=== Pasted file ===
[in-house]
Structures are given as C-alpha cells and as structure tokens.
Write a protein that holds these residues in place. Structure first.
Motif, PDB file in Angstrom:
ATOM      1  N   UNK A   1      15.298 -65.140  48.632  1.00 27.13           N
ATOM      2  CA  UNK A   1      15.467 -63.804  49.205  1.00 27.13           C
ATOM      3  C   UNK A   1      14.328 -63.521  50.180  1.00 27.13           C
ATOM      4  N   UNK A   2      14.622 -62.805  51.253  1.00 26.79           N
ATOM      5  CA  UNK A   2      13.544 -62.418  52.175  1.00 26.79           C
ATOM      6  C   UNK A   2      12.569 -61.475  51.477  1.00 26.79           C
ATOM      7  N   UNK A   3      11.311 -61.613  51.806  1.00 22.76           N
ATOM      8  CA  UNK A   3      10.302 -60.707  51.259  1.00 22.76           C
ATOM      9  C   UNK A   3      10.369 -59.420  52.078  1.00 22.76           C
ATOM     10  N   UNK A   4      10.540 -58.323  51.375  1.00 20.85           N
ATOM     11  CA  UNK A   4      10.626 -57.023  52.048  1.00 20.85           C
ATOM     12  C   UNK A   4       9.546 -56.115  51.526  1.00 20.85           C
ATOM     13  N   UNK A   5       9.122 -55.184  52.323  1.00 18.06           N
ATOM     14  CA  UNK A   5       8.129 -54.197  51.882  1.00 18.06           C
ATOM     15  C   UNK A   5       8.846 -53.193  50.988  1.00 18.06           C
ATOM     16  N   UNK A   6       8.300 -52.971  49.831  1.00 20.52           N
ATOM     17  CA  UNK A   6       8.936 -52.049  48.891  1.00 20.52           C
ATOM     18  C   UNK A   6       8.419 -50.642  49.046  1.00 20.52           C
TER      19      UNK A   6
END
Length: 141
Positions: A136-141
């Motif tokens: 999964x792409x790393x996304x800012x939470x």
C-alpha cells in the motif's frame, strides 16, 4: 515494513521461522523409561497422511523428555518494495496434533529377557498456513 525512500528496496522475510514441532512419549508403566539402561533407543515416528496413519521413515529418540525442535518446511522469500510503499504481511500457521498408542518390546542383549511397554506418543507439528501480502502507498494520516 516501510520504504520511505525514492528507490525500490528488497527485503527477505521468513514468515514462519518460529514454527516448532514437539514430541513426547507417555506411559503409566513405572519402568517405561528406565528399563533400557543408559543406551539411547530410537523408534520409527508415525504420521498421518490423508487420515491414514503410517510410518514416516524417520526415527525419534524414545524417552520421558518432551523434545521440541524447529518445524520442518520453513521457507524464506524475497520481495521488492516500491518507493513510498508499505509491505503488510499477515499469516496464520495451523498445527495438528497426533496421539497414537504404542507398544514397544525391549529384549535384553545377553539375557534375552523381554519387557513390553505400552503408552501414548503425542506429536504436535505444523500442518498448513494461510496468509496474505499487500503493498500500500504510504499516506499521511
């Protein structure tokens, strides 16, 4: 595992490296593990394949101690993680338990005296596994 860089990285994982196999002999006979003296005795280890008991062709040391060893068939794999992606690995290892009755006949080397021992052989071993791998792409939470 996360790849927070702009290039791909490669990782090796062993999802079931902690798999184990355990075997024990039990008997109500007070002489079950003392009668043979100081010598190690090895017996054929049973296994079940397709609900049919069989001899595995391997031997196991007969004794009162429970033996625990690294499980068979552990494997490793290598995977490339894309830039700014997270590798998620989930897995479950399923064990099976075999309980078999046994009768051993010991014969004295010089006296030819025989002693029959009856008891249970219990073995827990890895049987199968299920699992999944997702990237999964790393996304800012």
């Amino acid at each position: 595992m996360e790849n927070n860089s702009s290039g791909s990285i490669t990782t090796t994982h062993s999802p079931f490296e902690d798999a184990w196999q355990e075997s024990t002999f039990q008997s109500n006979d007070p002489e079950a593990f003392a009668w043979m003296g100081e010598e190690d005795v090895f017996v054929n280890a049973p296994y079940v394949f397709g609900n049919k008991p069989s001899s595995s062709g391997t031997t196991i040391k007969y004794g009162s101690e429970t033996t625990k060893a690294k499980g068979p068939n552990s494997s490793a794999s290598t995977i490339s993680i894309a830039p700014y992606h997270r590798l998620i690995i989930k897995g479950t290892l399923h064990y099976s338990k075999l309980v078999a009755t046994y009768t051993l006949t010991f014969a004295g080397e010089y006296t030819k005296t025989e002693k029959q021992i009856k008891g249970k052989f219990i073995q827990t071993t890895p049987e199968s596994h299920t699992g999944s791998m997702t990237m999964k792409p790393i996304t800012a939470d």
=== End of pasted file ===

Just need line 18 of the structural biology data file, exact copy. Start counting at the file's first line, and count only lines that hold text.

ATOM     14  CA  UNK A   5       8.129 -54.197  51.882  1.00 18.06           C